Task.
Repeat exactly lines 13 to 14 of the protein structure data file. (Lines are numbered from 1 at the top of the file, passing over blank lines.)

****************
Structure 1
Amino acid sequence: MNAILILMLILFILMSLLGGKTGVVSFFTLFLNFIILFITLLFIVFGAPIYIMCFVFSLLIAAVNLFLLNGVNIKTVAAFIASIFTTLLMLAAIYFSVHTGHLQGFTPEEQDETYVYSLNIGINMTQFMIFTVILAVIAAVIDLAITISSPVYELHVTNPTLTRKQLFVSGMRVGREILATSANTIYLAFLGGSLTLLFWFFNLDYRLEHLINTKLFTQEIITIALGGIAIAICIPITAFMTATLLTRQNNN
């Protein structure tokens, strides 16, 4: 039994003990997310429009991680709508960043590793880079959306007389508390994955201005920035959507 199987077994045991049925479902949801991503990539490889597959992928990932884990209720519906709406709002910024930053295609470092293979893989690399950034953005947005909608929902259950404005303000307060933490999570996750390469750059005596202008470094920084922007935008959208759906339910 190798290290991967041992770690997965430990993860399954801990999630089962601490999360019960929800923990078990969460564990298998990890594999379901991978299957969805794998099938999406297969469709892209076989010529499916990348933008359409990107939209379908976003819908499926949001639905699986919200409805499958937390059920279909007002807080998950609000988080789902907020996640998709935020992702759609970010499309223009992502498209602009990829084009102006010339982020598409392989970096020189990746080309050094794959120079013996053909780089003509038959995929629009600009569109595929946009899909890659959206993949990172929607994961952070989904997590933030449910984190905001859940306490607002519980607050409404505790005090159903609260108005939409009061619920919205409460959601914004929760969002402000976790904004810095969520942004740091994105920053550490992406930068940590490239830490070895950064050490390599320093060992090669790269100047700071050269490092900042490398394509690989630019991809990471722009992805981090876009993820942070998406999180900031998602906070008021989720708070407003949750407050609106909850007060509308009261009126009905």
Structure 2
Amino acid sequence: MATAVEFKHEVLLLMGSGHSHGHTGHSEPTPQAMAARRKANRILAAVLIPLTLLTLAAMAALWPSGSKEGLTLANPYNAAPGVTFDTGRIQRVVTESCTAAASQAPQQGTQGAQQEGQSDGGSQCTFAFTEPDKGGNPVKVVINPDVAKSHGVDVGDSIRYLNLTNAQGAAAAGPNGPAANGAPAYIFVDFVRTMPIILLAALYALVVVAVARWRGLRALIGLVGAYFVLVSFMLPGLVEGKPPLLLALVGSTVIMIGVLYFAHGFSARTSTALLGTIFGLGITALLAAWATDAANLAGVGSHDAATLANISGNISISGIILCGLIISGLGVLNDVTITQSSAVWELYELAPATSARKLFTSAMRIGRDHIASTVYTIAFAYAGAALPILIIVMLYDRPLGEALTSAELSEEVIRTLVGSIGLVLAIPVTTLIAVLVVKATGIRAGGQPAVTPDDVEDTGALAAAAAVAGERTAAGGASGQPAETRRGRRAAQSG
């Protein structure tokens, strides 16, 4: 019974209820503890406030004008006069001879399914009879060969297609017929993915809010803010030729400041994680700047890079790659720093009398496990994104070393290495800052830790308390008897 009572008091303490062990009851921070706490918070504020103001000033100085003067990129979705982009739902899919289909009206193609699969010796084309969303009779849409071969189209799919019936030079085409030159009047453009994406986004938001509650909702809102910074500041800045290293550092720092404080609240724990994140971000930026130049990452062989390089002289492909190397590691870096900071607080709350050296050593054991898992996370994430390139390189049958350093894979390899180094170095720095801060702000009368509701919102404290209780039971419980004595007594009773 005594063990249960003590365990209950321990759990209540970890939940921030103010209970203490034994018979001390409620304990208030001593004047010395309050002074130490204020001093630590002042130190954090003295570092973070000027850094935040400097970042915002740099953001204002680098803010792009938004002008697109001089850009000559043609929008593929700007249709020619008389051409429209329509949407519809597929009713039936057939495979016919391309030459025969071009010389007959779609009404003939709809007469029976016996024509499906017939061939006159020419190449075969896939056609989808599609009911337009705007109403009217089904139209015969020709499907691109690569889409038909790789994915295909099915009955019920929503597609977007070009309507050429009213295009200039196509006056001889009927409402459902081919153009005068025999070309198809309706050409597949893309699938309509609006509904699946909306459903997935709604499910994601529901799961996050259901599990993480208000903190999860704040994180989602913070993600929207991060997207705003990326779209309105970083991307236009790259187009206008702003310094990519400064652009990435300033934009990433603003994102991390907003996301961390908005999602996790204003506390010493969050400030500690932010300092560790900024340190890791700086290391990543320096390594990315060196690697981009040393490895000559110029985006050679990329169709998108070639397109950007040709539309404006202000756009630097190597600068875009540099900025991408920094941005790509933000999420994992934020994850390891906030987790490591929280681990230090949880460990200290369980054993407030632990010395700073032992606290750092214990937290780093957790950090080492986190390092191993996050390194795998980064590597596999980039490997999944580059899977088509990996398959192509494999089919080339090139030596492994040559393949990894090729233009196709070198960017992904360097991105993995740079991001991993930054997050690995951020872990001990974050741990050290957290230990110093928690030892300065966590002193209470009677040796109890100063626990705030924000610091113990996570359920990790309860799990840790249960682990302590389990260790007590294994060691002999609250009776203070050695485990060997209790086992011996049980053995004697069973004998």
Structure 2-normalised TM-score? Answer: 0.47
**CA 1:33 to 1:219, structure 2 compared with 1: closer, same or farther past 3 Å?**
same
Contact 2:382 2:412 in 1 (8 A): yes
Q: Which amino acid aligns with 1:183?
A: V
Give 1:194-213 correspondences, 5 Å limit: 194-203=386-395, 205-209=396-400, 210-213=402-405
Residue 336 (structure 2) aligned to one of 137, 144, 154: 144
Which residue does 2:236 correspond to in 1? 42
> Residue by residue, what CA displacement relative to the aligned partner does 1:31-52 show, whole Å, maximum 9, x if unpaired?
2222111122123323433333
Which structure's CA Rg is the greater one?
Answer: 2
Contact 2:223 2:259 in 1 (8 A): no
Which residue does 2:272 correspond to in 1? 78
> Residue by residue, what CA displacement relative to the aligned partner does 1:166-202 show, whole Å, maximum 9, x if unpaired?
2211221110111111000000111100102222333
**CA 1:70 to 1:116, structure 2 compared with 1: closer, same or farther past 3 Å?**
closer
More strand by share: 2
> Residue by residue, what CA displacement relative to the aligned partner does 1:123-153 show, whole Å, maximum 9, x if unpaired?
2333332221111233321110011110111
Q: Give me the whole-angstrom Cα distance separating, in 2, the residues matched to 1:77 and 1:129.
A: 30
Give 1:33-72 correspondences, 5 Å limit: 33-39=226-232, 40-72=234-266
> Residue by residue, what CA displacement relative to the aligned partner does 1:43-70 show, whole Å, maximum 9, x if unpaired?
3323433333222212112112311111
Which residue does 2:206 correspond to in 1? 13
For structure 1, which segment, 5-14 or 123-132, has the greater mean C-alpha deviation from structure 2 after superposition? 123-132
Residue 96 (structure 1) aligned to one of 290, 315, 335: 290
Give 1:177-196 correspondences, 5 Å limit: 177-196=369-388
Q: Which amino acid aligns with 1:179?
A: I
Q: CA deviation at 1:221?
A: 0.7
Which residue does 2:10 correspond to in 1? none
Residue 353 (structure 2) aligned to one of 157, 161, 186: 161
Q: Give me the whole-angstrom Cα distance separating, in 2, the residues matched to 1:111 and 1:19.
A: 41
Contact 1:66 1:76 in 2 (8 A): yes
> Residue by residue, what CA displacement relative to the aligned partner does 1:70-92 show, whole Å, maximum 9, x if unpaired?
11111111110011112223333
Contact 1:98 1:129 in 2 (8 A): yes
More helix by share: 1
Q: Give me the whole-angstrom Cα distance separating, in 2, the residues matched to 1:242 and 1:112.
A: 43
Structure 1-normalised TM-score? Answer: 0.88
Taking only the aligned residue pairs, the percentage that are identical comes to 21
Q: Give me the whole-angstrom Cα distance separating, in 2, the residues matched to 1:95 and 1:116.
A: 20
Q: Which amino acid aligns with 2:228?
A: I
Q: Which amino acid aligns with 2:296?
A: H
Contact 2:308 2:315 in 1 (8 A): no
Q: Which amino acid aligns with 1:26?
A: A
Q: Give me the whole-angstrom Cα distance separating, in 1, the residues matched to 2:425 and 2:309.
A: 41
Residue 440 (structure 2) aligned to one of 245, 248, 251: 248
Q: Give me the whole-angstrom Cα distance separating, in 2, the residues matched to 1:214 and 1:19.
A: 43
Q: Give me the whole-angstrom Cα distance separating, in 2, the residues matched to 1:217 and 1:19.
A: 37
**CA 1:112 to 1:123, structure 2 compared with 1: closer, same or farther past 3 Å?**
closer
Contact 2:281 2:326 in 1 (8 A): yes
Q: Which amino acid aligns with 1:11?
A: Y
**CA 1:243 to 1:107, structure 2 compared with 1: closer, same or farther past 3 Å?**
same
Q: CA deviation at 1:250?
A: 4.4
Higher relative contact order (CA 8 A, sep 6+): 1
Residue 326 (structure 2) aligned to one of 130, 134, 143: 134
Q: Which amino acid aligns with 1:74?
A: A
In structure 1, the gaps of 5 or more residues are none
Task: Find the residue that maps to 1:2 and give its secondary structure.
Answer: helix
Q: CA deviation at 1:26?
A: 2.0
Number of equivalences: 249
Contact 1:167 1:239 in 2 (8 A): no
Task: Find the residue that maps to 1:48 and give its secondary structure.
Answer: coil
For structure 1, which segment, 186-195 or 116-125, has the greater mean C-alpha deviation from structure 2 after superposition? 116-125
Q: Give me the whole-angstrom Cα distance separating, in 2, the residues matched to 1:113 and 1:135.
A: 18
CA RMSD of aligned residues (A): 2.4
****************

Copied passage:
Give 1:194-213 correspondences, 5 Å limit: 194-203=386-395, 205-209=396-400, 210-213=402-405
Residue 336 (structure 2) aligned to one of 137, 144, 154: 144